Porto Travel Guide
Porto © Raul Lieberwirth
Bridges and port wine are what characterises Oporto, Portugal's gracious northern capital and second largest city after Lisbon. Oporto sits astride a great gorge at the point where the River Douro enters the Atlantic, and although it is mainly industrial, the city centre has plenty of charm with some art treasures, medieval cathedrals and museums, along narrow streets sporting wrought-iron balconies and bright splashes of potted geraniums.
The main reason tourists visit Oporto is to sample its legendary port wine, processed, blended and aged in the various lodges of the Vila Nova da Gaia district across the river from the city, via the spectacular two-tiered Dom Luis bridge. Visitors can tour the lodges and finish up with a tasting session. The city also has an historic riverside district called Ribeira, which is undergoing restoration and has been classified as a UNESCO World Heritage Site.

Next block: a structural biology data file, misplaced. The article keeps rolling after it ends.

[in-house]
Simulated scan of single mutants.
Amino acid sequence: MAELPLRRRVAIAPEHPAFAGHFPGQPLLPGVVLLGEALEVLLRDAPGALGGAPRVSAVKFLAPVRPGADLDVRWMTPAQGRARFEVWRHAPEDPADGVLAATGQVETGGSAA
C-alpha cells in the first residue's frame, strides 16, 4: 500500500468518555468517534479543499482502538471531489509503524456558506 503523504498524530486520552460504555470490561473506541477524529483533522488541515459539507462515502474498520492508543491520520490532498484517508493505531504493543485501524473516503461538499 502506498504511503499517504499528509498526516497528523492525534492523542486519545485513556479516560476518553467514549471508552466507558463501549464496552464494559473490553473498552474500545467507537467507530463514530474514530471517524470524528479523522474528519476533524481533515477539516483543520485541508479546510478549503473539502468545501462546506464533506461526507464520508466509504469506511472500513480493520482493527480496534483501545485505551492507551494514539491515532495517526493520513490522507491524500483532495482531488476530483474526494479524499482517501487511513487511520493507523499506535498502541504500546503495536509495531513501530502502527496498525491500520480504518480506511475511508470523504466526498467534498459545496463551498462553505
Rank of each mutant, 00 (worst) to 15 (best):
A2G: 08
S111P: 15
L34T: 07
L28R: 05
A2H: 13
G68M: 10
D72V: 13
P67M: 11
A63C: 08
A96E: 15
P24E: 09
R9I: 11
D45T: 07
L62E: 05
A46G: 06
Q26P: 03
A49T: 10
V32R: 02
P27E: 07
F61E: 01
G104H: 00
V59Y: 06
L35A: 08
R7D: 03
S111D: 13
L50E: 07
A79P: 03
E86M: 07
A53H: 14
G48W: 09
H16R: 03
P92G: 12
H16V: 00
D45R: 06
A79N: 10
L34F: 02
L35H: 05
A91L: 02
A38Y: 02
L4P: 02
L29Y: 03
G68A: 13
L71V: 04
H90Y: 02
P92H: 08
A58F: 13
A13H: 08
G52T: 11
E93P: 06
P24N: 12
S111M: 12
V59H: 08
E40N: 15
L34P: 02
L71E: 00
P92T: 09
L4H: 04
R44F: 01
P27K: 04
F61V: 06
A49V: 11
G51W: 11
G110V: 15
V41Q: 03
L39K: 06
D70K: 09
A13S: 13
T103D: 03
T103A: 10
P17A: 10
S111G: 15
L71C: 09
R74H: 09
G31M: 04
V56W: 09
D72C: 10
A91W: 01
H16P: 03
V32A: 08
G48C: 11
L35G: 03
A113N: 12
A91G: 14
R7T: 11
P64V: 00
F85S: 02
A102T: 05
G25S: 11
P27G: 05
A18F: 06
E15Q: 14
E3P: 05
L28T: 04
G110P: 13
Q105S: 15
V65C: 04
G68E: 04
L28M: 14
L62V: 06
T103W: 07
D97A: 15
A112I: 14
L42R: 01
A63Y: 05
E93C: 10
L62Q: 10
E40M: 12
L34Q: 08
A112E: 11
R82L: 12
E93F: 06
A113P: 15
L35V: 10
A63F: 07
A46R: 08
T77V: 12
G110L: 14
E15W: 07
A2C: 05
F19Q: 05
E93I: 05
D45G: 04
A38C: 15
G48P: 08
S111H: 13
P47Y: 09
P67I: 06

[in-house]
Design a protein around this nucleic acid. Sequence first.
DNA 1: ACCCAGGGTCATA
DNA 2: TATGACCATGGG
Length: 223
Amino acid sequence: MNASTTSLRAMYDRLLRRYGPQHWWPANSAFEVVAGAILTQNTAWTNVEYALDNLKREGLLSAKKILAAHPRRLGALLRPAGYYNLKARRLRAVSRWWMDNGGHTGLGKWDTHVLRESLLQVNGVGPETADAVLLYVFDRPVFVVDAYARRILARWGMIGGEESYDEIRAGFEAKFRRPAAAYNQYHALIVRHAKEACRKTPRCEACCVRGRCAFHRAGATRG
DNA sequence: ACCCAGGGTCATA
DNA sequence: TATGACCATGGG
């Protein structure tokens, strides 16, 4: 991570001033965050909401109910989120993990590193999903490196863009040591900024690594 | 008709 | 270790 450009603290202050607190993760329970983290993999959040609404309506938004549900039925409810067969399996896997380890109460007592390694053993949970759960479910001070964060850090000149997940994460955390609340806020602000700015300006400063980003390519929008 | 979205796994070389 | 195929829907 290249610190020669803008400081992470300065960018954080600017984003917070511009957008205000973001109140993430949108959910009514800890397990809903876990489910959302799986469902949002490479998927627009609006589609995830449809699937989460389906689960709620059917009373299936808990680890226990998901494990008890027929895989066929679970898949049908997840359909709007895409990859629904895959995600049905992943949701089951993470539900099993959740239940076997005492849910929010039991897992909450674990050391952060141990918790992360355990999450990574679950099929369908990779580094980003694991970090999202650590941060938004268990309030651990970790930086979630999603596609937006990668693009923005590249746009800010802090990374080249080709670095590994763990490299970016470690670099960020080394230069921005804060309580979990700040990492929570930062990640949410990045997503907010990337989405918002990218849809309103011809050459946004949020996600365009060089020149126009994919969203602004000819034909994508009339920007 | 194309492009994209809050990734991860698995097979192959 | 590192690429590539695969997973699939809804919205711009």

Within easy reach of Oporto there are numerous coastal resorts and fishing villages on the Atlantic coastline, well known for their seafood restaurants. It is possible to cruise down the River Douro to take in the scenic splendour of the area.
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